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4/23/2012
02:05 PM
Venkatesh Rao
Venkatesh Rao
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How The Enterprise 2.0 Managerial Model Was Born

In this first of a three-part series, we explore the evolution of Management For Opportunity. How did "manager" become a dirty word?

New technological eras invariably create new managerial eras. Enterprise 2.0 is no different. In this three-part series, I will argue that E 2.0 organizational technology leads to a management model I will call "Management For Opportunity," a model that exposes managers to market risks in unprecedented ways. This model is contrary to the popular emerging idea that managers (especially the much hated middle managers) will become entirely obsolete.

But to get to this vision, we need to situate E 2.0 management and technology ideas within the evolutionary history of corporations.

I'll start the story around 1954 rather than go all the way back to 1600. If you're interested in earlier eras of management, check out my posts "A Brief History of the Corporation: 1600-2100" and "Hall's Law: The Nineteenth Century Prequel to Moore's Law".

Let's start by trying to characterize the job of the manager in the E 2.0 world. I assert that this job is to manage for opportunity (MFO), which is fundamentally a risk management role that requires E 2.0 tools to fulfill. It's the newest layer of the functional organization of the evolving managerial mind, which I visualize like so:

Evolution of the managerial mind

I've tried to capture higher- and lower-level functions in a dependency stack. You need the lower layers before you can install the higher layers. There's a chronological anomaly in that the second layer developed after the third one, but that was due to some historical peculiarities.

Let's start by tracing the evolution of the managerial mind.

The Evolution Of The Manager

Skipping lightly over a couple of centuries of early evolution, the story gets interesting with Peter Drucker, at a time when the default management culture was a layer of owner-executives on top of what you could call glorified shop-floor supervisors, whose job was to steward well-defined processes to meet objectives set by owner-managers. Call this Management By Process, or MBP.

In 1954, in a world where people management was still synonymous with MBP but operations were growing more complex, large-scale, and specialized by the year, Drucker offered an abstract principle for managing the emerging breed of information workers differently: Management By Objectives (MBO).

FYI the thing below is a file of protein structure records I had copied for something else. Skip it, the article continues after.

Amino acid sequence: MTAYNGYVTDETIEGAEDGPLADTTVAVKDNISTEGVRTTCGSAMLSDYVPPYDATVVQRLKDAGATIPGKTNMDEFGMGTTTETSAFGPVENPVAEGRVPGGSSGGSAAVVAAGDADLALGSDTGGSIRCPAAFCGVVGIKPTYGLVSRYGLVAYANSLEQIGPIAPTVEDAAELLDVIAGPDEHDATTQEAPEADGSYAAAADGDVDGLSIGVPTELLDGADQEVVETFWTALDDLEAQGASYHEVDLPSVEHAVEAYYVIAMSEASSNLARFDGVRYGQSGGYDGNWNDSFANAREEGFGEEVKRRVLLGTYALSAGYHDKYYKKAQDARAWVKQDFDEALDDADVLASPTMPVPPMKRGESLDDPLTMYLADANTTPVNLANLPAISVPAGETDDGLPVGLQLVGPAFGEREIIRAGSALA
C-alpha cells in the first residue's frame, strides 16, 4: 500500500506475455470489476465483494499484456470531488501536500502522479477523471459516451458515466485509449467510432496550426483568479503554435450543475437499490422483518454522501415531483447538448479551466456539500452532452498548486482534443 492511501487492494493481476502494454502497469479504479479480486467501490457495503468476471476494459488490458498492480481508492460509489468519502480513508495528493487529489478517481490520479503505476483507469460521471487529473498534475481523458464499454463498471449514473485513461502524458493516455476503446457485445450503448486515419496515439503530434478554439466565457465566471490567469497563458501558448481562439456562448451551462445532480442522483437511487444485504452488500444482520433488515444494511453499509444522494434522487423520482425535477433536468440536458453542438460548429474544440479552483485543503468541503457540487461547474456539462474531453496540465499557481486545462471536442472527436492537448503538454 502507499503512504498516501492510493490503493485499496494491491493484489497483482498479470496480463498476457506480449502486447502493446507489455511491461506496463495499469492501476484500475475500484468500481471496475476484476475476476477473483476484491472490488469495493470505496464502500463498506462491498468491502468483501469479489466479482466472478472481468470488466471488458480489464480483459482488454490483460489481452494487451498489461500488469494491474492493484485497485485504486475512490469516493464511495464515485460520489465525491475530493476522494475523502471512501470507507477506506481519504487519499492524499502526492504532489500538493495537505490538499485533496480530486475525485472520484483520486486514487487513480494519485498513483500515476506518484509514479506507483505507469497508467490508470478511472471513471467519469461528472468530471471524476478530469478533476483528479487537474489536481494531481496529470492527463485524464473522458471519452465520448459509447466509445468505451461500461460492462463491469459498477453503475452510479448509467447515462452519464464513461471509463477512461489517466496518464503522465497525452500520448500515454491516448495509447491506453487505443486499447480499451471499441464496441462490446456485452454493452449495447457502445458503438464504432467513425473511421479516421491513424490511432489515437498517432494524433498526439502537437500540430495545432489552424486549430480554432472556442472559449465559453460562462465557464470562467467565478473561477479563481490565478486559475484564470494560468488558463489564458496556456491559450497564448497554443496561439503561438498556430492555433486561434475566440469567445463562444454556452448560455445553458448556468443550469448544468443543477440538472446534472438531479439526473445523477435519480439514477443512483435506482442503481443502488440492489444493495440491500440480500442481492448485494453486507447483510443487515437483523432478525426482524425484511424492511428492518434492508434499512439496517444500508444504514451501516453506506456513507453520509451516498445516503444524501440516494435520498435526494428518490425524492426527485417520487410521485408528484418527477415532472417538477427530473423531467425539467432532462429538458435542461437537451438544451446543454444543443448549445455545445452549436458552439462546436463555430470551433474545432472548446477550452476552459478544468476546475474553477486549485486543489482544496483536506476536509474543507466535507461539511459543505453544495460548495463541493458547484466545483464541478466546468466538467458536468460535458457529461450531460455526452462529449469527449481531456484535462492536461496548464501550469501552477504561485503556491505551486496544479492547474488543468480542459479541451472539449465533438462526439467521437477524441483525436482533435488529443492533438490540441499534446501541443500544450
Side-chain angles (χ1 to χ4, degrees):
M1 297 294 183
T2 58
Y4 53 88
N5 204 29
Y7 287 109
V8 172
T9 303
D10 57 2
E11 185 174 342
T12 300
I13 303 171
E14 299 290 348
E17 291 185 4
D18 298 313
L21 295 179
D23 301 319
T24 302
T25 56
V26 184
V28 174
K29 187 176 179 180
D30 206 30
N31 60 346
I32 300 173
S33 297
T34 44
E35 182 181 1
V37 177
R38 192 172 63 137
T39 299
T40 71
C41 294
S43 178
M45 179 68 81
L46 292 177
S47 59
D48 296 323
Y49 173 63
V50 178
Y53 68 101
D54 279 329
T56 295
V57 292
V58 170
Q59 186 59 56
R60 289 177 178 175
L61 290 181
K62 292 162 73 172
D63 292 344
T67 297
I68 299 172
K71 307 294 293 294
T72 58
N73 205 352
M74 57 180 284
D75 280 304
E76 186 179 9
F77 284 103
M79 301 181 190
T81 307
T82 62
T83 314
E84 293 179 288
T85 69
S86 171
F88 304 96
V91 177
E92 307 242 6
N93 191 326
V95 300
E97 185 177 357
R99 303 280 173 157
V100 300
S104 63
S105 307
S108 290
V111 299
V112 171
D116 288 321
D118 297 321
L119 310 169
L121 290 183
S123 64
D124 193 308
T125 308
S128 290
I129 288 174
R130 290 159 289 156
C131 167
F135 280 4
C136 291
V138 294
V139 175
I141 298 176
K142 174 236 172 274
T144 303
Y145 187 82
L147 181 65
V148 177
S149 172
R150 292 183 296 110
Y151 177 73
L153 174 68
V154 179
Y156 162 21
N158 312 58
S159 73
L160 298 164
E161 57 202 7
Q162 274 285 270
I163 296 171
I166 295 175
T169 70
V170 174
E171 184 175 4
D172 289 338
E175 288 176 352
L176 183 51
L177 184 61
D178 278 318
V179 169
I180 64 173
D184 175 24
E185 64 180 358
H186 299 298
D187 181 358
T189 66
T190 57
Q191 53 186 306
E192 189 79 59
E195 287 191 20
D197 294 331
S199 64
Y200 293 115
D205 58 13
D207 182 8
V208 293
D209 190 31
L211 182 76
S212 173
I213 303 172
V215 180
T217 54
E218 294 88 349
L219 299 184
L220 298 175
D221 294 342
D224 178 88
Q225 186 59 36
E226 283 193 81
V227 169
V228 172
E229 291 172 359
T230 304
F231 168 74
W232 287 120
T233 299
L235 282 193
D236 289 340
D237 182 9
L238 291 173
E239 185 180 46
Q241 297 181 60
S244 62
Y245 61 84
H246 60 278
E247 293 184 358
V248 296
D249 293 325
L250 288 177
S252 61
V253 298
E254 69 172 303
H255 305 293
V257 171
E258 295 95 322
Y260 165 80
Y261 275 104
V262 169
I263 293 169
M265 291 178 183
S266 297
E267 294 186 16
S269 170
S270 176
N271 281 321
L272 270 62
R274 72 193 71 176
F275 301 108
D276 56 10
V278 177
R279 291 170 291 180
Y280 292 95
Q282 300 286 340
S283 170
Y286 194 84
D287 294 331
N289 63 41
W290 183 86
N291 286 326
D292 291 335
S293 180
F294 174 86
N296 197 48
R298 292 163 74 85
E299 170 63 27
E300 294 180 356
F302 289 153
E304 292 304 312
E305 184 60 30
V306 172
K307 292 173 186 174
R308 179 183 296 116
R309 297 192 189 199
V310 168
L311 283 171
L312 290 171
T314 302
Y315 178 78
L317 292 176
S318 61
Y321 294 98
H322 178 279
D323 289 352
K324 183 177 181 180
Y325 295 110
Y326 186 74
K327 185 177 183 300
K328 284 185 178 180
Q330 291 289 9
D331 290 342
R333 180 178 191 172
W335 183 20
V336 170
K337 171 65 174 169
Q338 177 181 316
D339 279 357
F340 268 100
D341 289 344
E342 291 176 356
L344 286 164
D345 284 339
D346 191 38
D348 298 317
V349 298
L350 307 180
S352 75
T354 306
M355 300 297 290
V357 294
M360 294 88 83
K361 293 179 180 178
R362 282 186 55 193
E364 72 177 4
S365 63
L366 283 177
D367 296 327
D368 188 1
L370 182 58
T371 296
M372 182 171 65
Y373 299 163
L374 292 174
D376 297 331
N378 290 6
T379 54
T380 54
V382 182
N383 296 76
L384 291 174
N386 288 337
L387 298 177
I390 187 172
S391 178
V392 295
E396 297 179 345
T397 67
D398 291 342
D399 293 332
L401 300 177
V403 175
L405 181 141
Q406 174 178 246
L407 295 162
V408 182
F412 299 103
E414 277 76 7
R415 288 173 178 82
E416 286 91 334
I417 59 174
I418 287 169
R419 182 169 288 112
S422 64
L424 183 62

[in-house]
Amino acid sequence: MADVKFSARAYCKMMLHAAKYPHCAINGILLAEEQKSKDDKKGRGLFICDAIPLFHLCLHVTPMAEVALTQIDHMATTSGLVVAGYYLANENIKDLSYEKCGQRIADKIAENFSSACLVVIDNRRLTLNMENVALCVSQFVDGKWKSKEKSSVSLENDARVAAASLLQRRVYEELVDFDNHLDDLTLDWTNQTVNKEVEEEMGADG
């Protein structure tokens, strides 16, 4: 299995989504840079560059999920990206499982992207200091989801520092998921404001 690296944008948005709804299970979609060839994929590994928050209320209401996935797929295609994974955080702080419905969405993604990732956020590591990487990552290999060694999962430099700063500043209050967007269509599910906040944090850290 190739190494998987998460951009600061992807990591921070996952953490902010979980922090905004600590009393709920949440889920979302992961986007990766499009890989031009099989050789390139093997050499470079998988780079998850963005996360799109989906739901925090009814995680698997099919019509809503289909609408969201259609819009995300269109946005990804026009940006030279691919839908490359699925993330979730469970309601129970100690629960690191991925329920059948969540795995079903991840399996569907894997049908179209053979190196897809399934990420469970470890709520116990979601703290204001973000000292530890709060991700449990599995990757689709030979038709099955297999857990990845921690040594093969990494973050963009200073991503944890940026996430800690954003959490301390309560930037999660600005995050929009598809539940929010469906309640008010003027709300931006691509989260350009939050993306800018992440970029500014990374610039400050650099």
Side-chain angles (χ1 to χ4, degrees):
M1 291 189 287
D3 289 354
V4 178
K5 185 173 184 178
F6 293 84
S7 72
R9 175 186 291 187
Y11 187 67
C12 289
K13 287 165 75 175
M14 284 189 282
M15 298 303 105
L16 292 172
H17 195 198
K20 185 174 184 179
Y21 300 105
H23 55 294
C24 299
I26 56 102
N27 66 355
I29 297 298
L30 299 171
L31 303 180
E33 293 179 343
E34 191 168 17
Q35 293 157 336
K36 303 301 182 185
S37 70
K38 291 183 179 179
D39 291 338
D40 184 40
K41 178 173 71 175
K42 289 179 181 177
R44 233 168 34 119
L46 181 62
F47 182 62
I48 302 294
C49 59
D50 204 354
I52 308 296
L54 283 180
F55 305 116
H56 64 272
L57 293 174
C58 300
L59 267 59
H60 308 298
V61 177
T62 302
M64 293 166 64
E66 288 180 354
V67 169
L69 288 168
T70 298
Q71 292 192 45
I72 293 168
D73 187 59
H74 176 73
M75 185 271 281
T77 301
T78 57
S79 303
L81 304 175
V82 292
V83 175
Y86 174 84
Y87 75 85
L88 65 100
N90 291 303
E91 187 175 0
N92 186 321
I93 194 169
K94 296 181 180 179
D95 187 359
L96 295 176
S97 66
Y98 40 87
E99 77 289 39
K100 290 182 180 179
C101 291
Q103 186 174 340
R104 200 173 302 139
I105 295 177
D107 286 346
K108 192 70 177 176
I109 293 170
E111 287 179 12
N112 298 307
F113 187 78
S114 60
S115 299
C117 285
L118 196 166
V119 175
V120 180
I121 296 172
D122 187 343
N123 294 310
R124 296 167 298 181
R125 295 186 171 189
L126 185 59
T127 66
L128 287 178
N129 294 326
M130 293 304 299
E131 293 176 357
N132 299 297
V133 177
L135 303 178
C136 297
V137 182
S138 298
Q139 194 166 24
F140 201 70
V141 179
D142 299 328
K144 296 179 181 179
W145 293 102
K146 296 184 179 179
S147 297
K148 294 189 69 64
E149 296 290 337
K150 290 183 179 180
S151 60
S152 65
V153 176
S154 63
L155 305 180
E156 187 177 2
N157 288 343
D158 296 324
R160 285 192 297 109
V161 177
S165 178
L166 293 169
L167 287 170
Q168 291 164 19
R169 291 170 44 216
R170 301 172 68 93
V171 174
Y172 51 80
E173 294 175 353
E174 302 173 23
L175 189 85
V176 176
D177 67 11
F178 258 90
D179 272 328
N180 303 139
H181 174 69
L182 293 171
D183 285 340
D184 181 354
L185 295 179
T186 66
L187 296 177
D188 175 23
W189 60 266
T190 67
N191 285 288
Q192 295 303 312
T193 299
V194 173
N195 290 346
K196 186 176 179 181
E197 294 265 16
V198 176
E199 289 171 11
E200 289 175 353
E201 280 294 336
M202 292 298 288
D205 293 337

It was a revolutionary idea: Employees should participate in setting and monitoring their own performance goals. It was a natural consequence of selling complex products and services in a growing global market. In a way, it was a return to the high autonomy enjoyed by managers in the sprawling, flat-hierarchy railroad empires but had been slowly eroded in newer vertically integrated industries such as oil and steel.

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Deb Donston-Miller
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Deb Donston-Miller,
User Rank: Apprentice
5/6/2012 | 1:17:30 AM
re: How The Enterprise 2.0 Managerial Model Was Born
Senior managers can see all of that data but will they? Do they have time to? It seems to me that having the data more readily and effectively doesn't change the fact that it takes time and other resources to analyze it and act on it.

Deb Donston-Miller
Contributing Editor, The BrainYard
Sam Iam
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Sam Iam,
User Rank: Apprentice
4/25/2012 | 11:57:04 PM
re: How The Enterprise 2.0 Managerial Model Was Born
Leader is the universal term for manager, despite most leaders in middle management not having the authority to change course or do anything other than control. I think the terminology has changed, but the system is still: Senior executives set the strategy, middle management layers control, and first line executes. The largest disconnect I see is that all of those middle management layers are no longer required with the advances in technology. Senior management can be provided with real time, automated dashboards of project or KPI performance. They can use new communication technologies, e.g. e-mail, to communicate directly with the people executing the strategy. As people are managed by objective and there is no need for the distribution of information downward or the manual collection of reports upward, the middle tiers are really not necessary.
BrainiacV
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BrainiacV,
User Rank: Apprentice
4/24/2012 | 6:03:12 PM
re: How The Enterprise 2.0 Managerial Model Was Born
I always called it "Industrial Age Thinking", management (that I've ever worked for) has not caught on to "Information Age Thinking", they want us to record how long it takes to write a functional block of code with the insane idea that they can use that to estimate how long it is going to take to write a different block of code and draw up schedules based on that.
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